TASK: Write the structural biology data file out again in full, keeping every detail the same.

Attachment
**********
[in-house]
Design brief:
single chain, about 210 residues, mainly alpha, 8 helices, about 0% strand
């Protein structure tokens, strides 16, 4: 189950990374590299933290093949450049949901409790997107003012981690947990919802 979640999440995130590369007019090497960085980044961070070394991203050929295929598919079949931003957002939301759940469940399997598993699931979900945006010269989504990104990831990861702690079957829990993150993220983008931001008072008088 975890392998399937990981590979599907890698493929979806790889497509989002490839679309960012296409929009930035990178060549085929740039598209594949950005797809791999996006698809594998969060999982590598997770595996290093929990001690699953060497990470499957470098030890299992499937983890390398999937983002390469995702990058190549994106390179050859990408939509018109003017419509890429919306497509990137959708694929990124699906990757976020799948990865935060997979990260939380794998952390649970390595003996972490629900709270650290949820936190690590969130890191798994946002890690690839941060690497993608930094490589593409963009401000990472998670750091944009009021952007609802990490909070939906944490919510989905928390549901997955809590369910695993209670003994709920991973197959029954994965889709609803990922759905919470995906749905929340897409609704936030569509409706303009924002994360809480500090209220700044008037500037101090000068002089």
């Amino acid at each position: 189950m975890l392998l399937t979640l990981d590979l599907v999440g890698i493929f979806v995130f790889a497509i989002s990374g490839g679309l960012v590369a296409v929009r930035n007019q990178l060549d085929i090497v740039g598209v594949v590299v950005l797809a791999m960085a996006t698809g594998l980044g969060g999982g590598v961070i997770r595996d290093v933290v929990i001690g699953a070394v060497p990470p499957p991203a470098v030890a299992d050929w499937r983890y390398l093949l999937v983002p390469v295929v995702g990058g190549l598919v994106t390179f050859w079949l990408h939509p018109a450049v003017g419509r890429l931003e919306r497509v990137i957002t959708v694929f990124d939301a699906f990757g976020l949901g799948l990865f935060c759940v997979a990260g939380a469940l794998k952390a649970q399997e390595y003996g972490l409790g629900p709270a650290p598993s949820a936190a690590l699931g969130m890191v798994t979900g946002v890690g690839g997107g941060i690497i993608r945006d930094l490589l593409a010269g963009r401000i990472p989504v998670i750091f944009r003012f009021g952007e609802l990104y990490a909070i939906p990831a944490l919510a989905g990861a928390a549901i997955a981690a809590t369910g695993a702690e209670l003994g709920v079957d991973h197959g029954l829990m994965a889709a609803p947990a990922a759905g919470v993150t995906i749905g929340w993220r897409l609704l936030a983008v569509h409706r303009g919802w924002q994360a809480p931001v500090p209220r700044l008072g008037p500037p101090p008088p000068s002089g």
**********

[in-house]
Design brief:
single chain, about 210 residues, mainly alpha, 8 helices, about 0% strand
């Protein structure tokens, strides 16, 4: 189950990374590299933290093949450049949901409790997107003012981690947990919802 979640999440995130590369007019090497960085980044961070070394991203050929295929598919079949931003957002939301759940469940399997598993699931979900945006010269989504990104990831990861702690079957829990993150993220983008931001008072008088 975890392998399937990981590979599907890698493929979806790889497509989002490839679309960012296409929009930035990178060549085929740039598209594949950005797809791999996006698809594998969060999982590598997770595996290093929990001690699953060497990470499957470098030890299992499937983890390398999937983002390469995702990058190549994106390179050859990408939509018109003017419509890429919306497509990137959708694929990124699906990757976020799948990865935060997979990260939380794998952390649970390595003996972490629900709270650290949820936190690590969130890191798994946002890690690839941060690497993608930094490589593409963009401000990472998670750091944009009021952007609802990490909070939906944490919510989905928390549901997955809590369910695993209670003994709920991973197959029954994965889709609803990922759905919470995906749905929340897409609704936030569509409706303009924002994360809480500090209220700044008037500037101090000068002089």
């Amino acid at each position: 189950m975890l392998l399937t979640l990981d590979l599907v999440g890698i493929f979806v995130f790889a497509i989002s990374g490839g679309l960012v590369a296409v929009r930035n007019q990178l060549d085929i090497v740039g598209v594949v590299v950005l797809a791999m960085a996006t698809g594998l980044g969060g999982g590598v961070i997770r595996d290093v933290v929990i001690g699953a070394v060497p990470p499957p991203a470098v030890a299992d050929w499937r983890y390398l093949l999937v983002p390469v295929v995702g990058g190549l598919v994106t390179f050859w079949l990408h939509p018109a450049v003017g419509r890429l931003e919306r497509v990137i957002t959708v694929f990124d939301a699906f990757g976020l949901g799948l990865f935060c759940v997979a990260g939380a469940l794998k952390a649970q399997e390595y003996g972490l409790g629900p709270a650290p598993s949820a936190a690590l699931g969130m890191v798994t979900g946002v890690g690839g997107g941060i690497i993608r945006d930094l490589l593409a010269g963009r401000i990472p989504v998670i750091f944009r003012f009021g952007e609802l990104y990490a909070i939906p990831a944490l919510a989905g990861a928390a549901i997955a981690a809590t369910g695993a702690e209670l003994g709920v079957d991973h197959g029954l829990m994965a889709a609803p947990a990922a759905g919470v993150t995906i749905g929340w993220r897409l609704l936030a983008v569509h409706r303009g919802w924002q994360a809480p931001v500090p209220r700044l008072g008037p500037p101090p008088p000068s002089g």